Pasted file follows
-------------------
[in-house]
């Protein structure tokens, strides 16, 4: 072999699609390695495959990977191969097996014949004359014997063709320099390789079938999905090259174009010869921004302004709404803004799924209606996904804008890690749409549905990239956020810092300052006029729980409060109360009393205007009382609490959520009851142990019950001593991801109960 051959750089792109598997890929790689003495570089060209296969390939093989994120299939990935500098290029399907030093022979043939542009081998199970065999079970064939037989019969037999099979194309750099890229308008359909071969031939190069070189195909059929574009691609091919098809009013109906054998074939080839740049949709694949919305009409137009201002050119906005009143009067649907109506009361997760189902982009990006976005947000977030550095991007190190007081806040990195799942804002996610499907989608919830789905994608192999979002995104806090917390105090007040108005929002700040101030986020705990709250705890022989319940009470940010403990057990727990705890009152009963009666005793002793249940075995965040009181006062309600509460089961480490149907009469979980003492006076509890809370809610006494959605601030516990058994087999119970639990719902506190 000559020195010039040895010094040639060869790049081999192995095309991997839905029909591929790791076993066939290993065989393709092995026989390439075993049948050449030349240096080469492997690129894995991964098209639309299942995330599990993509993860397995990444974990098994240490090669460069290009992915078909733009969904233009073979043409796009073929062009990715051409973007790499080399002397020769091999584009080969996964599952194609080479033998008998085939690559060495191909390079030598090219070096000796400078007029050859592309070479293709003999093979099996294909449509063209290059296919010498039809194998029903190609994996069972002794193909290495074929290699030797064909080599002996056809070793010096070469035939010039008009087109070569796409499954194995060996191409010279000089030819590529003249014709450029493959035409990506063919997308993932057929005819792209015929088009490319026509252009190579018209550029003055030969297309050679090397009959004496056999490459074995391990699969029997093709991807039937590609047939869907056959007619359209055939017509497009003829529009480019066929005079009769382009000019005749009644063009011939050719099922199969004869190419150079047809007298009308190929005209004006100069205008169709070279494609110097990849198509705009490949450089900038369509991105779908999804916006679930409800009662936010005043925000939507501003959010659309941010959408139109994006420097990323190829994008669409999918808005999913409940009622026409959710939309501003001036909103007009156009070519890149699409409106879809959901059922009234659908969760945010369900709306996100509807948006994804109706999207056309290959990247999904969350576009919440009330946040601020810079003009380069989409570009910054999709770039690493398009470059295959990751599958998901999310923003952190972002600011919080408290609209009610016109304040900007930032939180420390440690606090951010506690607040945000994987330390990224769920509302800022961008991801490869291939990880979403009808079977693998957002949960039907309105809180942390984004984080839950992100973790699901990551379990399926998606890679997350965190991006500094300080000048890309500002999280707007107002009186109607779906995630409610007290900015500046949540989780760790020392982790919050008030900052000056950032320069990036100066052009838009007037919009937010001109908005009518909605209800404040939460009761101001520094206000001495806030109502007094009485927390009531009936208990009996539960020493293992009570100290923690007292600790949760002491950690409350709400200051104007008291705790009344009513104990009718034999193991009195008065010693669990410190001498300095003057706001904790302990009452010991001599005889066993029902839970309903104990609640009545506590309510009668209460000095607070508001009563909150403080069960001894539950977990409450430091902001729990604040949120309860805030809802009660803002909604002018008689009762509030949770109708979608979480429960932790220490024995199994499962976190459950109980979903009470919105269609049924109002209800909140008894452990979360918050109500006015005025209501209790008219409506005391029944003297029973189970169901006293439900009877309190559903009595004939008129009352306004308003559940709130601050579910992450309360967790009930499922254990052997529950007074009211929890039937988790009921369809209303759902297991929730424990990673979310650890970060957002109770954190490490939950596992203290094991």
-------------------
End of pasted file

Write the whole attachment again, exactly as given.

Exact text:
[in-house]
């Protein structure tokens, strides 16, 4: 072999699609390695495959990977191969097996014949004359014997063709320099390789079938999905090259174009010869921004302004709404803004799924209606996904804008890690749409549905990239956020810092300052006029729980409060109360009393205007009382609490959520009851142990019950001593991801109960 051959750089792109598997890929790689003495570089060209296969390939093989994120299939990935500098290029399907030093022979043939542009081998199970065999079970064939037989019969037999099979194309750099890229308008359909071969031939190069070189195909059929574009691609091919098809009013109906054998074939080839740049949709694949919305009409137009201002050119906005009143009067649907109506009361997760189902982009990006976005947000977030550095991007190190007081806040990195799942804002996610499907989608919830789905994608192999979002995104806090917390105090007040108005929002700040101030986020705990709250705890022989319940009470940010403990057990727990705890009152009963009666005793002793249940075995965040009181006062309600509460089961480490149907009469979980003492006076509890809370809610006494959605601030516990058994087999119970639990719902506190 000559020195010039040895010094040639060869790049081999192995095309991997839905029909591929790791076993066939290993065989393709092995026989390439075993049948050449030349240096080469492997690129894995991964098209639309299942995330599990993509993860397995990444974990098994240490090669460069290009992915078909733009969904233009073979043409796009073929062009990715051409973007790499080399002397020769091999584009080969996964599952194609080479033998008998085939690559060495191909390079030598090219070096000796400078007029050859592309070479293709003999093979099996294909449509063209290059296919010498039809194998029903190609994996069972002794193909290495074929290699030797064909080599002996056809070793010096070469035939010039008009087109070569796409499954194995060996191409010279000089030819590529003249014709450029493959035409990506063919997308993932057929005819792209015929088009490319026509252009190579018209550029003055030969297309050679090397009959004496056999490459074995391990699969029997093709991807039937590609047939869907056959007619359209055939017509497009003829529009480019066929005079009769382009000019005749009644063009011939050719099922199969004869190419150079047809007298009308190929005209004006100069205008169709070279494609110097990849198509705009490949450089900038369509991105779908999804916006679930409800009662936010005043925000939507501003959010659309941010959408139109994006420097990323190829994008669409999918808005999913409940009622026409959710939309501003001036909103007009156009070519890149699409409106879809959901059922009234659908969760945010369900709306996100509807948006994804109706999207056309290959990247999904969350576009919440009330946040601020810079003009380069989409570009910054999709770039690493398009470059295959990751599958998901999310923003952190972002600011919080408290609209009610016109304040900007930032939180420390440690606090951010506690607040945000994987330390990224769920509302800022961008991801490869291939990880979403009808079977693998957002949960039907309105809180942390984004984080839950992100973790699901990551379990399926998606890679997350965190991006500094300080000048890309500002999280707007107002009186109607779906995630409610007290900015500046949540989780760790020392982790919050008030900052000056950032320069990036100066052009838009007037919009937010001109908005009518909605209800404040939460009761101001520094206000001495806030109502007094009485927390009531009936208990009996539960020493293992009570100290923690007292600790949760002491950690409350709400200051104007008291705790009344009513104990009718034999193991009195008065010693669990410190001498300095003057706001904790302990009452010991001599005889066993029902839970309903104990609640009545506590309510009668209460000095607070508001009563909150403080069960001894539950977990409450430091902001729990604040949120309860805030809802009660803002909604002018008689009762509030949770109708979608979480429960932790220490024995199994499962976190459950109980979903009470919105269609049924109002209800909140008894452990979360918050109500006015005025209501209790008219409506005391029944003297029973189970169901006293439900009877309190559903009595004939008129009352306004308003559940709130601050579910992450309360967790009930499922254990052997529950007074009211929890039937988790009921369809209303759902297991929730424990990673979310650890970060957002109770954190490490939950596992203290094991």